This result effectively
ruled out the possibility that LDPCs could have originated from the initial nonhepatocyte cell population in culture. Next, we wanted to substantiate our PKH staining results by documenting the phenotypic changes taking place during the transformation of hepatocytes into LDPCs. To that end, we performed RT-PCR and IF analyses of hepatocyte- and LDPC-specific markers at predetermined time points during the culture period. On days 0, 4, 8, and 12, cultures were examined for expression of albumin, HNF-1α (hepatocyte specific), selleck chemicals CD45, and LMO2 (LDPC specific). RT-PCR studies showed that in the beginning, cells expressed albumin and HNF-1α and no identifiable CD45 and LMO2. By day 4, there was a rapid decline
in hepatocyte-specific markers, and LDPC-specific markers became detectable at low levels. Subsequently, on days 8 and 12, hepatocyte markers became undetectable, and LDPC markers were expressed Fludarabine cost at increasingly higher levels (Fig. 3A). IF studies revealed a similar pattern of marker expression, further confirming our RT-PCR data (Fig. 3B). In addition to these four markers, we examined the expression pattern of several other highly relevant hepatic genes during the culture period to better characterize the transformation process. We looked at the expression of mature hepatocyte markers HepPar1 and HNF-4α, immature hepatocyte marker Liv2,24 biliary ductal/oval cell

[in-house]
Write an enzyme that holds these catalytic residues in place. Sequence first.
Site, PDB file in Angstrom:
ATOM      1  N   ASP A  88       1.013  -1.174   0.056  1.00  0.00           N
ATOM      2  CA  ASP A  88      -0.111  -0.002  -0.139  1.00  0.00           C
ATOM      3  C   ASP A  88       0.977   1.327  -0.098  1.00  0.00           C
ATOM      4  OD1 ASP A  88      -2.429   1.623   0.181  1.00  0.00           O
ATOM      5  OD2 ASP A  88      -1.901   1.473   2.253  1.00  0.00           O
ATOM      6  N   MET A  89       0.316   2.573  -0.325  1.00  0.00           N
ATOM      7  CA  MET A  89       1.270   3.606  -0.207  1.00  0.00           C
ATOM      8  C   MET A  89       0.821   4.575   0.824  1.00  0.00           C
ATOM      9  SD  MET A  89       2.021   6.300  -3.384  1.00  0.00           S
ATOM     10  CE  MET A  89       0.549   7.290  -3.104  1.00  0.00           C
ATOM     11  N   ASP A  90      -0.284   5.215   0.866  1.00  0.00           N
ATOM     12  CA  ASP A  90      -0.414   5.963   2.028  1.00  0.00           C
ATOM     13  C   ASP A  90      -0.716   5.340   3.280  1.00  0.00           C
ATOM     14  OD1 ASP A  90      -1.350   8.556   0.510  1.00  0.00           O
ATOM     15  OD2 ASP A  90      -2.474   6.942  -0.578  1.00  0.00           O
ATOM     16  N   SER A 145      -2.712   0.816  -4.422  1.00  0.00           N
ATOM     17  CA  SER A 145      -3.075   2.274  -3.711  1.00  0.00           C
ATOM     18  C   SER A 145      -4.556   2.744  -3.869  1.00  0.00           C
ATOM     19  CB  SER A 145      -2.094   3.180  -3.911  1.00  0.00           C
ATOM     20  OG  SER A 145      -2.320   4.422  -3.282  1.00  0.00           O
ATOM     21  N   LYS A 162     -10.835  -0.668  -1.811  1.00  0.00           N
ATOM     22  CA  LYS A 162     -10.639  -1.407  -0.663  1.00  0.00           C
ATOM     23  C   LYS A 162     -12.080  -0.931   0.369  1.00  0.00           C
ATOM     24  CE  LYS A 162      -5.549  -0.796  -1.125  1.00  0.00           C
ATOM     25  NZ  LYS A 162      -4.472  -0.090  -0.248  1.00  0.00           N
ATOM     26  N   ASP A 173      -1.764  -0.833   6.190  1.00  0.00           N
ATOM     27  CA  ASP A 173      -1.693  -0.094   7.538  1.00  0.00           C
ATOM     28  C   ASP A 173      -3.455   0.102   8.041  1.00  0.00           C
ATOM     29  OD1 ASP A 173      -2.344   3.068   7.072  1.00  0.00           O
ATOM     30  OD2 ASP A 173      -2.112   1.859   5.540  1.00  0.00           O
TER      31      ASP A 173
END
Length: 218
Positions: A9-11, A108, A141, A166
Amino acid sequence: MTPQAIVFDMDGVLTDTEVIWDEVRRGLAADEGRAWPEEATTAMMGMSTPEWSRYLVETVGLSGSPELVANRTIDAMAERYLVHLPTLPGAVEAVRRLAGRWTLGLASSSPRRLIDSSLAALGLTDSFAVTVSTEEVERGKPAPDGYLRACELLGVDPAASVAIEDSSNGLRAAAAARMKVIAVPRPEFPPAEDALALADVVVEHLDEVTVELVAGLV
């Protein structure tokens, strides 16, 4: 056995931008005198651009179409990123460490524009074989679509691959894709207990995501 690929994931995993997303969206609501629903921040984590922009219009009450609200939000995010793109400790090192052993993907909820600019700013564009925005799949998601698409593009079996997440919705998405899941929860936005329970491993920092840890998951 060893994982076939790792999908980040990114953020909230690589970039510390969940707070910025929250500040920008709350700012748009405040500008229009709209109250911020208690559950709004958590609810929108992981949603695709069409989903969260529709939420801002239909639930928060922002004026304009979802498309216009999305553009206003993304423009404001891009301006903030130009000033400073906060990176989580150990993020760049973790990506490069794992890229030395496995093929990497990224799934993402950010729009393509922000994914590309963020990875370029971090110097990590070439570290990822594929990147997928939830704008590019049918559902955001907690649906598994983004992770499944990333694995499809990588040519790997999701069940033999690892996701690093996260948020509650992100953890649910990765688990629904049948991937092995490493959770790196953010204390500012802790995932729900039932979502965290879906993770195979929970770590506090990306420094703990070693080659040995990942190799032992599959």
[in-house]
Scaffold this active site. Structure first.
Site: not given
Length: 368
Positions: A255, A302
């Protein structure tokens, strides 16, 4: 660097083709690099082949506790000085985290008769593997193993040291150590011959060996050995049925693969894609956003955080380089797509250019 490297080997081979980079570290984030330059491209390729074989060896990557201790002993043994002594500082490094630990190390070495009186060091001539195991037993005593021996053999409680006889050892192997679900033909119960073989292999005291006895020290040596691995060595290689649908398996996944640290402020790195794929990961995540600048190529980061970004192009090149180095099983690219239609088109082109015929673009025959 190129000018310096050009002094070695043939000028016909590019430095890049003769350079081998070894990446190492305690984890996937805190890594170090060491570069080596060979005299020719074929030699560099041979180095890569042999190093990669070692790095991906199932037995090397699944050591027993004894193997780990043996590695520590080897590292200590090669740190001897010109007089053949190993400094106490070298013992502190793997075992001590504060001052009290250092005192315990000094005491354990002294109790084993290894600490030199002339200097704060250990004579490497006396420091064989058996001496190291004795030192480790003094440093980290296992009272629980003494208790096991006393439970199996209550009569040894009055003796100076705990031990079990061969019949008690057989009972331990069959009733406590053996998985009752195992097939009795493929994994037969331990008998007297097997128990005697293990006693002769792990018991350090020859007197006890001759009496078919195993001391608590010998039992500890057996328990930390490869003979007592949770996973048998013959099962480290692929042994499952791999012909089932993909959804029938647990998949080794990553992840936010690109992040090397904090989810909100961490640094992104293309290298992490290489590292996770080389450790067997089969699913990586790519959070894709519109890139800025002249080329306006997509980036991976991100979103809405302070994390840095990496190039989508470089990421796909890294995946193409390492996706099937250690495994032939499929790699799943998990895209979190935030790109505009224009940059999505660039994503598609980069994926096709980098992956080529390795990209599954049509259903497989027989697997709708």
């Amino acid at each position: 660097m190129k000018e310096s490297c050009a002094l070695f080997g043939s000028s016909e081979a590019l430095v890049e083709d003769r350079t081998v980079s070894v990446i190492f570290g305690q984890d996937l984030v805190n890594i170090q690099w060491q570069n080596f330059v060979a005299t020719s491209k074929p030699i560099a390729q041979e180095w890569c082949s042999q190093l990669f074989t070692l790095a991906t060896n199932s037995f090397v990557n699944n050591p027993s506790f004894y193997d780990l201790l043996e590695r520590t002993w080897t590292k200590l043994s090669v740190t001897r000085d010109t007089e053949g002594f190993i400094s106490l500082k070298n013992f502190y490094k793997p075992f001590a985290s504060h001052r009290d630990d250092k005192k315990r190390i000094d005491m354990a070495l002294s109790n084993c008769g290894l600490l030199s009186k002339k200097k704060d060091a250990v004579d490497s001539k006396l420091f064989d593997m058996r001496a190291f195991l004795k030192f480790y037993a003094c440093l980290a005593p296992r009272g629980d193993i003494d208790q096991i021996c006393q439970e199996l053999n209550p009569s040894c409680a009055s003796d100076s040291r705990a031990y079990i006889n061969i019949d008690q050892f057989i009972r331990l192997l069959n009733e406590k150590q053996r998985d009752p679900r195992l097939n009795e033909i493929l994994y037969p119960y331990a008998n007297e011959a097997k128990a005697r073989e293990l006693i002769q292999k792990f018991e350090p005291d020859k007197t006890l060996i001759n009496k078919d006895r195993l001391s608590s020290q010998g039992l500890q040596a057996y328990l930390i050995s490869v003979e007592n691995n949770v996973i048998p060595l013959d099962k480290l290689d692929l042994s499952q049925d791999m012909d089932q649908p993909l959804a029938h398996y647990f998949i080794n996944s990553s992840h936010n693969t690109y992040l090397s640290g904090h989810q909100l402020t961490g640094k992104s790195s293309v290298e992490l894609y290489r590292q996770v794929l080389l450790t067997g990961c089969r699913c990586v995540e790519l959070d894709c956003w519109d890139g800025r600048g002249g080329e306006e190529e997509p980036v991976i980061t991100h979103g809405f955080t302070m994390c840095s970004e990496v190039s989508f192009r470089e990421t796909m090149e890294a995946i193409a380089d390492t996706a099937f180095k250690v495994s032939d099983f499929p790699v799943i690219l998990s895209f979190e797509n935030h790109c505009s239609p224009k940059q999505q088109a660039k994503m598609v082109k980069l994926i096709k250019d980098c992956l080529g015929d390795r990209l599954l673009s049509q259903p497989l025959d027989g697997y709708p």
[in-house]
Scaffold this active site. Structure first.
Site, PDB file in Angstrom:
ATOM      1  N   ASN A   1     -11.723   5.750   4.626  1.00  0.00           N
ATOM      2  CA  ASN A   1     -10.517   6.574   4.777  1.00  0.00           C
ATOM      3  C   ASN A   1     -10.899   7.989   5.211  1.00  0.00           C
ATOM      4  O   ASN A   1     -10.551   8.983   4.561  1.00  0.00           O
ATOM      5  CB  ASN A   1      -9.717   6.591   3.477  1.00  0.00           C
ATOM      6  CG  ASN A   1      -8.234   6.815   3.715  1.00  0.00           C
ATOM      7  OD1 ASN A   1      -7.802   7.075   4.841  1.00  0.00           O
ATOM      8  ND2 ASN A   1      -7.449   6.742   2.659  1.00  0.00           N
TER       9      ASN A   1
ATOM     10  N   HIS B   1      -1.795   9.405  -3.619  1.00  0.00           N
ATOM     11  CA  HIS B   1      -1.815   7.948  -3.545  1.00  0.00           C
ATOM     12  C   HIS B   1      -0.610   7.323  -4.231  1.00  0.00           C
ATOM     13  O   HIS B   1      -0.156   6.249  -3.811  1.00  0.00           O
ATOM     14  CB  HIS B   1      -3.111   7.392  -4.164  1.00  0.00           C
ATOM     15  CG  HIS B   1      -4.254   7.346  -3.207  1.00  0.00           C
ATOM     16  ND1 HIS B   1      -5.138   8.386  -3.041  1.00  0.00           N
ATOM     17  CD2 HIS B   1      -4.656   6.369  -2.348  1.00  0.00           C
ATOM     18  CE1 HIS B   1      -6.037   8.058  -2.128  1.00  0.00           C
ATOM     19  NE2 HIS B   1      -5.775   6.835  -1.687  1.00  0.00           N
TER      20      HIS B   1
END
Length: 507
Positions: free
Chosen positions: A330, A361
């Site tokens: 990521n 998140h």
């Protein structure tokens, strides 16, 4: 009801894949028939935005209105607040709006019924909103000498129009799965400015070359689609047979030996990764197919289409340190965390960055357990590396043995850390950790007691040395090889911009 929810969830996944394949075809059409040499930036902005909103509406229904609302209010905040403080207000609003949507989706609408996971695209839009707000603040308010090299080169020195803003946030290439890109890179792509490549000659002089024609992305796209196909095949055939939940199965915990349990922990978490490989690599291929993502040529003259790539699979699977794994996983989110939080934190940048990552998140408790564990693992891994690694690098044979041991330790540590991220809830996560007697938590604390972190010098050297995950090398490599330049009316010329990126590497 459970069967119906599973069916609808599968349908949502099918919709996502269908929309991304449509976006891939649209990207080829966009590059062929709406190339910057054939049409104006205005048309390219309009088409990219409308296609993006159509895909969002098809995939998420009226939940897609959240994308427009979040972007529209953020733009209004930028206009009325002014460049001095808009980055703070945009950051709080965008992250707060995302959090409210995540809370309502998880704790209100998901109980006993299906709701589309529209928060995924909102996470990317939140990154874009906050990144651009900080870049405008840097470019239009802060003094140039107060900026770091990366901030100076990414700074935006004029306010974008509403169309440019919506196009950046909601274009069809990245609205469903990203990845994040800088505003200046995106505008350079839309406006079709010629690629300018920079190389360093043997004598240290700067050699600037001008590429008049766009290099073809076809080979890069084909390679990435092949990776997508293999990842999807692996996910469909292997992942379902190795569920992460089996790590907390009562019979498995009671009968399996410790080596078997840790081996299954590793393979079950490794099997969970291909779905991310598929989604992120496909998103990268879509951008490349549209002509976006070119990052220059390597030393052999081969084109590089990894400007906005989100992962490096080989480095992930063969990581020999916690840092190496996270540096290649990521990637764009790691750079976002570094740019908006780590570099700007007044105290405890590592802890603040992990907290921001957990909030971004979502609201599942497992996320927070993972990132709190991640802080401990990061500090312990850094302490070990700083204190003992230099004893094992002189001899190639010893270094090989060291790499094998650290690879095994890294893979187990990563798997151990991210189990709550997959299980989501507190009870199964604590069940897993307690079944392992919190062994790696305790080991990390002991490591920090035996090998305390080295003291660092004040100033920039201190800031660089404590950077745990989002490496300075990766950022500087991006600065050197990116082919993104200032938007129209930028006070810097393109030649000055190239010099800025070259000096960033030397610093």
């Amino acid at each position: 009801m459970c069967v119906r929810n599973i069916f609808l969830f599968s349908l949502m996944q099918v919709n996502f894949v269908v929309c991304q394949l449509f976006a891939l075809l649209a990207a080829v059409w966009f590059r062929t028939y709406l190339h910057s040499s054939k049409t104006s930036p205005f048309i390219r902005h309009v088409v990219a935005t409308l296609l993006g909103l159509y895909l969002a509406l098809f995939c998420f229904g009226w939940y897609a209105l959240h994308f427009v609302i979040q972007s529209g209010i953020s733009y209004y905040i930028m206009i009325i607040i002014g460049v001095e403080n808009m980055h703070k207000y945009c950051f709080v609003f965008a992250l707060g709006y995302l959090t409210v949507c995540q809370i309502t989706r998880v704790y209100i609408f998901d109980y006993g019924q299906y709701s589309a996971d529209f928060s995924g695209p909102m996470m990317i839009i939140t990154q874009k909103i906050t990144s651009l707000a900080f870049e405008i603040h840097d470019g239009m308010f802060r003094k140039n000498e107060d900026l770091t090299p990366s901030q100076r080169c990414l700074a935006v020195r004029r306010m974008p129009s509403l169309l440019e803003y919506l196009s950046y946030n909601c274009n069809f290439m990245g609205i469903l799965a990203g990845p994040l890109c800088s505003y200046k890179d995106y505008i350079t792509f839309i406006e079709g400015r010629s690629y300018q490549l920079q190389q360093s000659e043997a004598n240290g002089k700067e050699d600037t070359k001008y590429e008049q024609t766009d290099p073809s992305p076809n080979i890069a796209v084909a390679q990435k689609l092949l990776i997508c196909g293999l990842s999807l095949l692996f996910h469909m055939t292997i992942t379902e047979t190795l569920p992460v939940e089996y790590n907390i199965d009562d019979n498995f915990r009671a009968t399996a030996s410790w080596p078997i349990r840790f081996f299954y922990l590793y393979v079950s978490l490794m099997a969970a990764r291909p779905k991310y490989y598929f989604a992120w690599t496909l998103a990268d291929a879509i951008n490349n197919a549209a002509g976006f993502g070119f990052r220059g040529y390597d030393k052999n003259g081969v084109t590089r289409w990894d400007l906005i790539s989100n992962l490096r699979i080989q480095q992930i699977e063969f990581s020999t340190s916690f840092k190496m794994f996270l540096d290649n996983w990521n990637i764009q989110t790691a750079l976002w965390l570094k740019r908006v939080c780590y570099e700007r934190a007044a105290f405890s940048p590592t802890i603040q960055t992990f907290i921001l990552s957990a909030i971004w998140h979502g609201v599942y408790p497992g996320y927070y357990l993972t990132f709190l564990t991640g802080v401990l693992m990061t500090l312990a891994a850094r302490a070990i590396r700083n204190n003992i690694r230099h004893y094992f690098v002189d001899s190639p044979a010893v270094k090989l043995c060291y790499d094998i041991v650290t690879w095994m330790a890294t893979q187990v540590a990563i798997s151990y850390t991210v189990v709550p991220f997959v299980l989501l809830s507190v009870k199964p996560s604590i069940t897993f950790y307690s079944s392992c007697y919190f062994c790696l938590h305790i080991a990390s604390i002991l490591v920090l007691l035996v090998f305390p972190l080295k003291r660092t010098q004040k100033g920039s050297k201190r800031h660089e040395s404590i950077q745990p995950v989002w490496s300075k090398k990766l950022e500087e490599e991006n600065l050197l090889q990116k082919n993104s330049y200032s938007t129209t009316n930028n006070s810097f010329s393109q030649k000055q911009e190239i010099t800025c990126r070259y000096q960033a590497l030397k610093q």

marker CK19, and liver progenitor/embryonic liver marker Sall425 in a time-dependent manner. IF staining and quantitative analysis of the images revealed a pattern (Supporting Fig. 2A,B), which was consistent with rapid transformation of mature hepatocytes into cells with liver progenitor phenotype, thus supporting our findings shown in Fig. 3. Both the RT-PCR and IF studies correlated well with the morphological changes that took place in the cultures, including temporal appearance of LDPCs. Taken together, the rat studies Montelukast Sodium strongly suggested that LDPCs originated from mature hepatocytes by direct dedifferentiation. To gain further insight into the process of dedifferentiation of hepatocytes to LDPCs and to establish a stem/progenitor cell hierarchy, we examined the expression of several oval cell markers during the culture period. We considered the possibility that hepatocytes could be transitioning through an oval cell-like stage en route to becoming LDPCs. This was based on the phenotypic similarities between oval cells and LDPCs, suggesting a potential lineage relationship. Therefore, we studied the expression of OV-6, CK7, and GGT during the dedifferentiation of hepatocytes into LDPCs.